Wnt signaling refers to a form of communication between nearby cells. It can be divided conceptually into two main branches or biochemical pathways.
Wnt/b-catenin pathway: regulates levels of b-catenin, a protein that controls gene expression (i.e. whether a gene is "on" or "off") inside the cell nucleus. This pathway helps determine crucial biological decisions such as how many times an immature cell divides, when it stops dividing, and what kind of mature cell it becomes. Because it was the first Wnt pathway to be scientifically described, it is sometimes referred to as the 'canonical' Wnt signaling pathway.
b-catenin-independent Wnt pathway: by definition this is any Wnt pathway that does not regulate b-catenin levels.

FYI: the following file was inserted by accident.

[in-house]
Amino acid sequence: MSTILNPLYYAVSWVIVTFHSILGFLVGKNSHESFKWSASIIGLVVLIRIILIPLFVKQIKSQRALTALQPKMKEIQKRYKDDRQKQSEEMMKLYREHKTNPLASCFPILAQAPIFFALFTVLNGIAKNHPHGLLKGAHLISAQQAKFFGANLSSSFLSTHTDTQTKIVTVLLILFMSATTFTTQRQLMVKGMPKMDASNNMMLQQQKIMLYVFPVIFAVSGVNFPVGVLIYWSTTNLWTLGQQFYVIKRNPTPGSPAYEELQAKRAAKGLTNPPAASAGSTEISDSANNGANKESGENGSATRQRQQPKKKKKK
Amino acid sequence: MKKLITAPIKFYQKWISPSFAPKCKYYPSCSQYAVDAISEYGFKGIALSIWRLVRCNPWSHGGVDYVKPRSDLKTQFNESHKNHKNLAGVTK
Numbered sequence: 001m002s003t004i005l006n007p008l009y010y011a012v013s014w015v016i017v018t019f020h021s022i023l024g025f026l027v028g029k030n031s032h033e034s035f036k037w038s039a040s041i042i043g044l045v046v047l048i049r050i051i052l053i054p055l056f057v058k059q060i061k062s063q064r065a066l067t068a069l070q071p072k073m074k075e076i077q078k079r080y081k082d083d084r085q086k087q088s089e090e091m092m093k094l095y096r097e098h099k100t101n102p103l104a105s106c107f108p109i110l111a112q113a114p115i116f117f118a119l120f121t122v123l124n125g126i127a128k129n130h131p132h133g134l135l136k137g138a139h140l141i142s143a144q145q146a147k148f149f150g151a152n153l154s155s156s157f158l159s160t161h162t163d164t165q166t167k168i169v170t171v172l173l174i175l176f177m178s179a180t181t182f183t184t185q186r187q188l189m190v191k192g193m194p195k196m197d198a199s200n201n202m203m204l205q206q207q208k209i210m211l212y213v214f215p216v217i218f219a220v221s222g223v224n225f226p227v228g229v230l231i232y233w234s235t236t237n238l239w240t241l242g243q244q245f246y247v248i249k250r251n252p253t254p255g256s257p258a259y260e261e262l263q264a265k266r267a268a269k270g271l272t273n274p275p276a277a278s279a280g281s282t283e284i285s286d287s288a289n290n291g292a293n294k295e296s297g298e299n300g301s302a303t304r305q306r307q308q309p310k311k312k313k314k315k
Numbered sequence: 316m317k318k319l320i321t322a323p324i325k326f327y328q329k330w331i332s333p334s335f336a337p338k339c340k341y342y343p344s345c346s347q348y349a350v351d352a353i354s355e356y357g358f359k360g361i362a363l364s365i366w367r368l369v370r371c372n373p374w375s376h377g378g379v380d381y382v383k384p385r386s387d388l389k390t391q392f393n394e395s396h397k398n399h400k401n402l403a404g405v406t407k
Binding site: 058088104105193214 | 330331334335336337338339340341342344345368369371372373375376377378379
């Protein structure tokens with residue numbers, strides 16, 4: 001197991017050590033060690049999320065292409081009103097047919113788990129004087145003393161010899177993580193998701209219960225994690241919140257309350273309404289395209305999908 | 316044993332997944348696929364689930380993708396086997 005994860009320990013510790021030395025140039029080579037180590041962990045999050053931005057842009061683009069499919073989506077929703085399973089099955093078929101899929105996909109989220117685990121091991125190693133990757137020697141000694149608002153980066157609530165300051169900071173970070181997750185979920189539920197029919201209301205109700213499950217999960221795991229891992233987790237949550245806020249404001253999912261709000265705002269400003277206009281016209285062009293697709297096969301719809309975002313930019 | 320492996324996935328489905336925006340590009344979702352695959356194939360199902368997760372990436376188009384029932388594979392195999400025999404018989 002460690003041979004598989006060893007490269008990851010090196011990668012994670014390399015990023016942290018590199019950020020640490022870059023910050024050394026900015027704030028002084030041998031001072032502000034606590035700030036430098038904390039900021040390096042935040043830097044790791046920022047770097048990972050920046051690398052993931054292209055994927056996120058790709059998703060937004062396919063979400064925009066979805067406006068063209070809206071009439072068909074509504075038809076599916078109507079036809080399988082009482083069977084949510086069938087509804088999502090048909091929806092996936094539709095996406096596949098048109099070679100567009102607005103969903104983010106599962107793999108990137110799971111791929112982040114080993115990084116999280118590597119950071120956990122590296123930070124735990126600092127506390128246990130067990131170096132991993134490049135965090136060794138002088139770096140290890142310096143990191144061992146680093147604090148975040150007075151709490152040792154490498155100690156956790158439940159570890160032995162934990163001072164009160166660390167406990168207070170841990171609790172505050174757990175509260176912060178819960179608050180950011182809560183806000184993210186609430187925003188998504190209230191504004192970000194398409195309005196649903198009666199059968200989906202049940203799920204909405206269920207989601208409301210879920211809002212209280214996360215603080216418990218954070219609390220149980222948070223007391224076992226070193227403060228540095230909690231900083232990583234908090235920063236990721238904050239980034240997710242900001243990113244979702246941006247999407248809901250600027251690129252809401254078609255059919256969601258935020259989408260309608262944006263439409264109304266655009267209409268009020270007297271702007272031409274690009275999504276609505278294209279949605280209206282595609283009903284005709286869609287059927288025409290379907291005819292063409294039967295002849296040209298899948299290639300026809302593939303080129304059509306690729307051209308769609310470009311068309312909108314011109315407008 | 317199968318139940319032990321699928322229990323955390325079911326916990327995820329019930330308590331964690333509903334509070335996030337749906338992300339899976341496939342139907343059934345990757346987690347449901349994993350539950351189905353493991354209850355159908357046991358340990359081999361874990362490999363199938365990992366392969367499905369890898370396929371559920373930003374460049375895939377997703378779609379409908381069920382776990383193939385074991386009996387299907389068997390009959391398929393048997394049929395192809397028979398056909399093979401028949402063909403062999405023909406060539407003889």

Multiple b-catenin-independent ('non-canonical') Wnt pathways have been described in different cell types. One common output of these pathways is cytoskeletal dynamics, which controls cell shape and movements.
Two well-defined b-catenin-independent pathways are the:
Planar Cell Polarity (PCP) pathway, which determines the transverse orientation of cells in many epithelial tissues. The PCP pathway also regulates some types of cell migration during development.
Wnt/Ca++ pathway, which transiently increases calcium levels inside the cell by opening channels in the cell membrane and from intracellular storage sites. This brief spike in calcium can activate several downstream biochemical cascades within the cell.
Each of these signaling pathways can intersect with biochemical processes that determine adhesive properties between neighboring cells, such as the cadherin/catenin complex (partly composed of the b-catenin protein in a structural role). Relationships between these pathways and related biochemistry and cell biology are a focus of investigation in many laboratories, including ours.